Seeking Out Peace

In Devarim 2:26 we see that Moshe sent out messengers to Sichon, King of Cheshbon with words of peace.


Why did Moshe try to make peace after God already told him in sentence 24 “Behold I have given into your hand Sichon the Emorite, King of Cheshbon and his land: begin to possess it and contend with him in battle.”


According to Midrash Tanchuma on Parshat Chukat, it says in Tehilim 34:15 “Sur Me’Ra V’Aseh Tov Bakesh ShalomV’Rodfehu”, “Depart from evil and do good, seek peace and pursue it.”


Usually, if a mitzvah comes our way then we are obligated to perform it. For example: “If a bird’s nest chance to be before you in the way in any tree, or on the ground, whether they be young ones or eggs and the mother bird sitting upon her young or upon the eggs, you shall not take the mother bird together with the young: but you shall surely let the mother go and take the young to you, that it may be well with you and that you may prolong your days (Devarim 21:6-7).”


Another example of a mitzvah coming our way would be “If you meet your enemy’s ox or his donkey going astray, you shall surely bring it back to him again (Shmot 23:4).”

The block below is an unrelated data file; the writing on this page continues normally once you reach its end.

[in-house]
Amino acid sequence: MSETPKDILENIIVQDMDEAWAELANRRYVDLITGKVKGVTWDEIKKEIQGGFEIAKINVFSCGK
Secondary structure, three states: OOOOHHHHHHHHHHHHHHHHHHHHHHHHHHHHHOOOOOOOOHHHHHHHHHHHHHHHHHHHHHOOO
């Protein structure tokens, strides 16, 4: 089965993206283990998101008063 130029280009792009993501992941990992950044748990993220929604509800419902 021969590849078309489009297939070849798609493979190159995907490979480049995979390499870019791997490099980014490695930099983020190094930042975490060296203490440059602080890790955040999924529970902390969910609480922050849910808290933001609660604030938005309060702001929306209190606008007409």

A third example would be “When you reap your harvest in your field and have forgotten a sheaf in the field, you shall not go back to fetch it: it shall be for the stranger, for the fatherless and for the widow: that HaShem your God may bless you in all of the work of your hands (Devarim 24:19).”


Peace is the only mitzvah that we are actually commanded to pursue. We are told to seek peace and pursue it.


Although God told B’nai Yirael that they could fight the Emorites, first they tried to seek peace. It was only after the Emorites refused to make peace that B’nai Yisrael went into battle.


Today as well, the Israeli’s go out of their way to seek peace and pursue it as much as possible. However, true peace will not come at the cost of the safety of Israeli civilians and soldiers. Our safety cannot be compromised in the pursuit of peace.